Guest post: GRI’s four steps to reporting nirvana

Ethical Corporation columnist Peter Knight is at the GRI conference in Amsterdam. Here’s his view on the opening day’s proceedings

The opening day of the GRI conference was a love-fest for the GRI.

On Wednesday we heard how important the G4 was, how timely the launch of the guidelines, how clever the GRI was in devising them in 2.5 years, how broad the scope of the stakeholder engagement, how hard everyone worked, how perilous our future was, how much difference the G4 would make to the world…

We heard all this but nothing about the detailed content of the G4.

Instead the organizers teased their (high) paying guests with the promise that the detail would follow on day two.

The official “launch” of the G4 at the end of the first long day in chilly Amsterdam turned into a sort of Eurovision song contest where GRI officials congratulated each other in a jokey way. A man beat a plastic bucket and whistles were blown to celebrate the diversity in the room. “Welcome, Brazil!” “Hello China!”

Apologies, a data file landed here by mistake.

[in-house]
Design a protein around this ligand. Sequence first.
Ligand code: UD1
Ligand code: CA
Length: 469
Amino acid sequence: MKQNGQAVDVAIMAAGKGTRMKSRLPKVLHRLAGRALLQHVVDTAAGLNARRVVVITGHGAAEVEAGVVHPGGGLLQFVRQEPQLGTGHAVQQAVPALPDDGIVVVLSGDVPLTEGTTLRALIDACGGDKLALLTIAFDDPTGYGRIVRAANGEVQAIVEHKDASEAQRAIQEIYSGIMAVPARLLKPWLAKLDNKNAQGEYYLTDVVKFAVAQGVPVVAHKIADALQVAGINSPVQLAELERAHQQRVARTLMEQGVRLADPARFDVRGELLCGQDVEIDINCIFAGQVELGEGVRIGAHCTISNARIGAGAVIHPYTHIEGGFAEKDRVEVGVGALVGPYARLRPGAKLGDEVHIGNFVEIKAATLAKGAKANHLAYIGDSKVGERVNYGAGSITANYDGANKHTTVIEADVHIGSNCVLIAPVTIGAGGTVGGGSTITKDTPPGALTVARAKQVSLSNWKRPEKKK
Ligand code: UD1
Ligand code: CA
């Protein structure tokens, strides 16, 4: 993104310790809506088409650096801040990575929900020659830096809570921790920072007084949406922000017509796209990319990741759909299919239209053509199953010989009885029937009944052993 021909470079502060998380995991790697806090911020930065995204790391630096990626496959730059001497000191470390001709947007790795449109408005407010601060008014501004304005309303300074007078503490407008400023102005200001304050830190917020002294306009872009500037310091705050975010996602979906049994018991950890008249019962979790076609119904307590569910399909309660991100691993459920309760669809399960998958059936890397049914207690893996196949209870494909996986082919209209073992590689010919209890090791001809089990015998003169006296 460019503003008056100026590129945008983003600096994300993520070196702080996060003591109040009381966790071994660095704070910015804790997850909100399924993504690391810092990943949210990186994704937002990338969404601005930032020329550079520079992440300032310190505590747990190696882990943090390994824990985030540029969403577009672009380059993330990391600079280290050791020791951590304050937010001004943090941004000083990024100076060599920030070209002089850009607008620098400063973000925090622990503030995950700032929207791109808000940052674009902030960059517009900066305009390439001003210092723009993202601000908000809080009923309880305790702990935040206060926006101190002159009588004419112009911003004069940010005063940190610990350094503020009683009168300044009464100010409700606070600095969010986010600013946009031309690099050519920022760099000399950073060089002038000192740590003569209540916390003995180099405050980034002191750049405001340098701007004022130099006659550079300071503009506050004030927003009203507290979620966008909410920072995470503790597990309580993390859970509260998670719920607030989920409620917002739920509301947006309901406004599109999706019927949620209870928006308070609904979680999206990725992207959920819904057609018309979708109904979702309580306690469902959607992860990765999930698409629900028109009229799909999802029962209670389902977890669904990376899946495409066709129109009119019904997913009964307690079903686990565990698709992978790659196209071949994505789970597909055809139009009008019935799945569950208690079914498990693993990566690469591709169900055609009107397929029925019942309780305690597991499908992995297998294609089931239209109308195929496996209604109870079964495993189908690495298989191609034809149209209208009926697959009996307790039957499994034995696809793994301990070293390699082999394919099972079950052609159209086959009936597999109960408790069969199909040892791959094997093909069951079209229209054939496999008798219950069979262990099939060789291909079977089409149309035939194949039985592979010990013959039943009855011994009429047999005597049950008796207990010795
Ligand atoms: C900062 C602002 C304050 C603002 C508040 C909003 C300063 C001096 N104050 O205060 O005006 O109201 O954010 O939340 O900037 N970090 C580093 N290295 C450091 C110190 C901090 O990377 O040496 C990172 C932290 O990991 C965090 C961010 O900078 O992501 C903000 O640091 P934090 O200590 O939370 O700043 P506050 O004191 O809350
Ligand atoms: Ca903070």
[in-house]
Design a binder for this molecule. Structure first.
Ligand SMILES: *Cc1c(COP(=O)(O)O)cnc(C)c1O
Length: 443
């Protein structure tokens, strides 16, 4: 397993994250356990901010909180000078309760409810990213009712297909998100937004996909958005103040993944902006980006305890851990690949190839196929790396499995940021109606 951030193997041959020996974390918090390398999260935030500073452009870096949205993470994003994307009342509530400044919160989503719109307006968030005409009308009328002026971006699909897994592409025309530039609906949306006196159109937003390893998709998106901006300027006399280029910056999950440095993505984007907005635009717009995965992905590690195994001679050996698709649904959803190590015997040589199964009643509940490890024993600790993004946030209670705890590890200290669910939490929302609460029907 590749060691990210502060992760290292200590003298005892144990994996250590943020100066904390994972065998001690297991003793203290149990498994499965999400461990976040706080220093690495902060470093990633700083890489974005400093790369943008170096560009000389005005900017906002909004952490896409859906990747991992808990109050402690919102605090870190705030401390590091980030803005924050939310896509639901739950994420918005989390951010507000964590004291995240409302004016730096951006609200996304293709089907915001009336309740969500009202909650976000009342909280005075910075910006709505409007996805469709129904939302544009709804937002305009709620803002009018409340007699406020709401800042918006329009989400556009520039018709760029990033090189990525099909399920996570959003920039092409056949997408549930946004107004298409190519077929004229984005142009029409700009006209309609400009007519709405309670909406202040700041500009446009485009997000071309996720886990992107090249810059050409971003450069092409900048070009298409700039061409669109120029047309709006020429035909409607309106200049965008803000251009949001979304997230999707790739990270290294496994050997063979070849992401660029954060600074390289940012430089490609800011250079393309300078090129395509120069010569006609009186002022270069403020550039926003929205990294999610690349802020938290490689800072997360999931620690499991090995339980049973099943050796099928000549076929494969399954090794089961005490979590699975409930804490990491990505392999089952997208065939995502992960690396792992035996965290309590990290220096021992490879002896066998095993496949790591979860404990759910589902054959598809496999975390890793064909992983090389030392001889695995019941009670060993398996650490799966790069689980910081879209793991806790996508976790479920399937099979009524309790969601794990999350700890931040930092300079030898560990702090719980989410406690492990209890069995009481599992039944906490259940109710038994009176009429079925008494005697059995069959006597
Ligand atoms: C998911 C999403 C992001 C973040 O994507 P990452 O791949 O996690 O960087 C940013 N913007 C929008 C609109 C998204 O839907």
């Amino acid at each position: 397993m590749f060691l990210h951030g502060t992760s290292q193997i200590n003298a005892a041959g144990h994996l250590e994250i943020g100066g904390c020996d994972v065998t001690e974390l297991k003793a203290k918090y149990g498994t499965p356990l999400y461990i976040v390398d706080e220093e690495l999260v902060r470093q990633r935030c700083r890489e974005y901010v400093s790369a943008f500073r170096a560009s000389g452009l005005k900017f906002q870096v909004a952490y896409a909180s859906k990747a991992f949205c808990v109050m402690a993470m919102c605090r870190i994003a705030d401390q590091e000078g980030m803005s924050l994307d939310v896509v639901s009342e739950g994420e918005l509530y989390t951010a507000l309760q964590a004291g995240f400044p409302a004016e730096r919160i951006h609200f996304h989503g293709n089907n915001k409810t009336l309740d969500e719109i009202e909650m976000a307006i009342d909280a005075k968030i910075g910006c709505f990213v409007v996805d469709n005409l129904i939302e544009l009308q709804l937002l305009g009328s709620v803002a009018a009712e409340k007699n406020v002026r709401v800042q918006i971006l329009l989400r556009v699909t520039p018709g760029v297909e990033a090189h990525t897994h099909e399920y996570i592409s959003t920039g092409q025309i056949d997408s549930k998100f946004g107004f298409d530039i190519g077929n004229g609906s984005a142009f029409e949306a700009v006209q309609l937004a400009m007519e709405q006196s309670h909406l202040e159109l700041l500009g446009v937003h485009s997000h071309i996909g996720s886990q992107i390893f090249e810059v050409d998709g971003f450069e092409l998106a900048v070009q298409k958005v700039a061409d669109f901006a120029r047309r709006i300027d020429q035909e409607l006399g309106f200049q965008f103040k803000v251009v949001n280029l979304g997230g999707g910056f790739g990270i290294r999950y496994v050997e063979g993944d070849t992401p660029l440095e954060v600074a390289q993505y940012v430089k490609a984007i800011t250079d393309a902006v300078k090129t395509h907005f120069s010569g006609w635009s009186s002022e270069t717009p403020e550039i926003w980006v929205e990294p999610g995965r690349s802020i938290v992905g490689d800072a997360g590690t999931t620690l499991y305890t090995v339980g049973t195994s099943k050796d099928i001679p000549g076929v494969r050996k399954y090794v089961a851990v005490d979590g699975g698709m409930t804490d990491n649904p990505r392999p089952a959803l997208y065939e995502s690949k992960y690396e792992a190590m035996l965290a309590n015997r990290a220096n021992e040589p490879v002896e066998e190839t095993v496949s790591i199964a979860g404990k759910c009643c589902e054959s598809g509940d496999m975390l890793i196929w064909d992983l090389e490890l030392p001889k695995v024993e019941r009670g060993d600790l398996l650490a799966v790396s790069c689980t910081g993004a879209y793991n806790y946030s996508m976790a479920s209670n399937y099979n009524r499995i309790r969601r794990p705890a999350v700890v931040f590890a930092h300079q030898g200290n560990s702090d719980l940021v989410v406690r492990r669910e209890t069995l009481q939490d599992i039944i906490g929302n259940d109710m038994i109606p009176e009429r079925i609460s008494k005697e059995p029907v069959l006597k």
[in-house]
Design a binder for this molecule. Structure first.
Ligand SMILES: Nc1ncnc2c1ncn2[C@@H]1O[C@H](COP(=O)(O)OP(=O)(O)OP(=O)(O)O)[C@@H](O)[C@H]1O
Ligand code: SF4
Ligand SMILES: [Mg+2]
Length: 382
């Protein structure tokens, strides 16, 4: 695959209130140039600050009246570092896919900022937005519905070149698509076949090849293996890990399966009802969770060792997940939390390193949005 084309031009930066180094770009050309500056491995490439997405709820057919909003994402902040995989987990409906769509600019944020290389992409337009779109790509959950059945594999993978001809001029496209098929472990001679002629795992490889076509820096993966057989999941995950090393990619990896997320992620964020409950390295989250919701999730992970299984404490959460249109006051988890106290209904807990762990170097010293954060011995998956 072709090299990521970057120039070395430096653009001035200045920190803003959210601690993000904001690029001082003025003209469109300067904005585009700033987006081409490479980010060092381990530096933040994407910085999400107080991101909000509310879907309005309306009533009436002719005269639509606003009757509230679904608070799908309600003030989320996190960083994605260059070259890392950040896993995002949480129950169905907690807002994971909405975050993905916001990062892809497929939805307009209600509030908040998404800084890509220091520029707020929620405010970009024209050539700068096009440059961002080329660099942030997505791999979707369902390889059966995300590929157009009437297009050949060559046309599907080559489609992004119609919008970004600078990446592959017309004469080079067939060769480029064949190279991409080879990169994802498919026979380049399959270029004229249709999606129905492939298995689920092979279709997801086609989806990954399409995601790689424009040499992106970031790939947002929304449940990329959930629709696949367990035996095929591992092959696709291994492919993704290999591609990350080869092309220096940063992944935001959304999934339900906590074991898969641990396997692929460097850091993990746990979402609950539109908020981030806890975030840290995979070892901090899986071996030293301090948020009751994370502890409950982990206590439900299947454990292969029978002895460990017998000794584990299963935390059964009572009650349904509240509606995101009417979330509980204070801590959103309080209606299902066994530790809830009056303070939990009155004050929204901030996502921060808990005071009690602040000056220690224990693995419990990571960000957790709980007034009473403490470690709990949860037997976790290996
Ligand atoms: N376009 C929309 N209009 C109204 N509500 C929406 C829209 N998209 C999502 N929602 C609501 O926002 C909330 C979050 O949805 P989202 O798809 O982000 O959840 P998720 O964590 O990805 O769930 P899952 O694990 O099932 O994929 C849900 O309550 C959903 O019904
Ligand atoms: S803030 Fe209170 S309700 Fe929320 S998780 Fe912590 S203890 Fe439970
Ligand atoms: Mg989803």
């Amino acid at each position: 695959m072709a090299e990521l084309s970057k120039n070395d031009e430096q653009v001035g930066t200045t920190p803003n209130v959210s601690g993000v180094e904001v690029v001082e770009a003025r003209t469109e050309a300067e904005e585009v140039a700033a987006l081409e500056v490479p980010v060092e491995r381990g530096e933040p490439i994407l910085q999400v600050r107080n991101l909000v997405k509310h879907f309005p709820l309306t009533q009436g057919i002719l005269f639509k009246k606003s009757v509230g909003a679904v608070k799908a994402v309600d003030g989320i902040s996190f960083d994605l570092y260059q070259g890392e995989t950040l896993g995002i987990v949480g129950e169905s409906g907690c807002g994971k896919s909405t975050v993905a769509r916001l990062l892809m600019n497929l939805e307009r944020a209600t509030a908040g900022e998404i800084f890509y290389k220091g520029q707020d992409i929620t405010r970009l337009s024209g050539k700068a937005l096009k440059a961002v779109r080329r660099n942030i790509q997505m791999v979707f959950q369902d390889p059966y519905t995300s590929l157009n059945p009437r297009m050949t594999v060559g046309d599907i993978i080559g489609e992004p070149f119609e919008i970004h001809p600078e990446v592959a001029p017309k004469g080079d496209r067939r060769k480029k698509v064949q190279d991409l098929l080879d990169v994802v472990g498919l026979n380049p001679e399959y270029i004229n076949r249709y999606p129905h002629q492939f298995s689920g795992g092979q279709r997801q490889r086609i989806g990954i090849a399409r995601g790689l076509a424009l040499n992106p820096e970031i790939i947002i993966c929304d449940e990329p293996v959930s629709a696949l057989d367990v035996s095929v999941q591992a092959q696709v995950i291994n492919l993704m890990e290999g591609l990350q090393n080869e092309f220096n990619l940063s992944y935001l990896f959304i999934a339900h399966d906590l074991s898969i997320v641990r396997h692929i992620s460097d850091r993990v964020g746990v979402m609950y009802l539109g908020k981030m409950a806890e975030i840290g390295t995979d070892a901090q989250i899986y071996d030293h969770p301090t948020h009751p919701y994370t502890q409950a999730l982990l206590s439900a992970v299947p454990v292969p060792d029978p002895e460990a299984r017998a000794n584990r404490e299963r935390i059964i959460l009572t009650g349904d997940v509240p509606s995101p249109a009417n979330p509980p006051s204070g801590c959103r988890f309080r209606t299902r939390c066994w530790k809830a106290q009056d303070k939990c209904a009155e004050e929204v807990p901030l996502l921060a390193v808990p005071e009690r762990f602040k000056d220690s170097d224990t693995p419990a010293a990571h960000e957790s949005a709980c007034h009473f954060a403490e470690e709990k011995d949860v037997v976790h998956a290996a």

The G4 guidelines were handed out as you exited the hall – stored on a smart card. The cards soon ran out.

The G4 gist

Fine detail will follow. But here is the gist.

G4 asks reporters to concentrate on defining materiality and then reporting fully on what is material.

Materiality is everything, although it is still unclear what constitutes an acceptable materiality process.

There are two levels of reporting: Core and Comprehensive (no more As and Bs or plusses).

You can choose to report on the core disclosure categories or you can go all out and be more comprehensive in your reporting of the “specific standard disclosures”.

But the crux is your materiality analysis – that determines what you should disclose.

GRI sets out a four-step process for defining reporting content:

  1. Identification – this is the sustainability context in which you operate and your “boundaries”.
  2. Validation – the materiality and stakeholder “inclusiveness”.
  3. Prioritization – all about completeness.
  4. Review – this involves looking back at the last report to check context. And using this information to help you identify the content in the next reporting cycle.
As you can already see, these four steps are a linguistic minefield. We will unpack and interpret when we have the detail – as best we can. We hope with the help of the GRI once they have finished partying.

Peter Knight is the co-founder and chairman of Context Group. This posting first appeared on Context’s blog 

Details of the second day are here: G4Watch – Guidelines Revealed

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